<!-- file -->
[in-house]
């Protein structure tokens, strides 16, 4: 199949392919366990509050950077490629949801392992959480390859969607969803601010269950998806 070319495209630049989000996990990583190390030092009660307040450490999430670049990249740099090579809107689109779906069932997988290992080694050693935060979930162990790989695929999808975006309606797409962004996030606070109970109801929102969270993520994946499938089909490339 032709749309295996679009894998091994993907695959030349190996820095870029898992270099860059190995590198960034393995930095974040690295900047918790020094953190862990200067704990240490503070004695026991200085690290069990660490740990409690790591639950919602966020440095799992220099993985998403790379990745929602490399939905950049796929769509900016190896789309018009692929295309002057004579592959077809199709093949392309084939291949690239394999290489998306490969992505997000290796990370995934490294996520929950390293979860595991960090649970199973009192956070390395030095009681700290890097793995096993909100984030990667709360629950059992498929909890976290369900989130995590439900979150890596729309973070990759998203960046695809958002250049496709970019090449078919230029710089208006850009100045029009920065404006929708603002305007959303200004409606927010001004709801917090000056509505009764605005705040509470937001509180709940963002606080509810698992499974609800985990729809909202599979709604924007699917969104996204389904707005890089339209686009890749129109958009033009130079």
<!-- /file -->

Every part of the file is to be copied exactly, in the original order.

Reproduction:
[in-house]
């Protein structure tokens, strides 16, 4: 199949392919366990509050950077490629949801392992959480390859969607969803601010269950998806 070319495209630049989000996990990583190390030092009660307040450490999430670049990249740099090579809107689109779906069932997988290992080694050693935060979930162990790989695929999808975006309606797409962004996030606070109970109801929102969270993520994946499938089909490339 032709749309295996679009894998091994993907695959030349190996820095870029898992270099860059190995590198960034393995930095974040690295900047918790020094953190862990200067704990240490503070004695026991200085690290069990660490740990409690790591639950919602966020440095799992220099993985998403790379990745929602490399939905950049796929769509900016190896789309018009692929295309002057004579592959077809199709093949392309084939291949690239394999290489998306490969992505997000290796990370995934490294996520929950390293979860595991960090649970199973009192956070390395030095009681700290890097793995096993909100984030990667709360629950059992498929909890976290369900989130995590439900979150890596729309973070990759998203960046695809958002250049496709970019090449078919230029710089208006850009100045029009920065404006929708603002305007959303200004409606927010001004709801917090000056509505009764605005705040509470937001509180709940963002606080509810698992499974609800985990729809909202599979709604924007699917969104996204389904707005890089339209686009890749129109958009033009130079």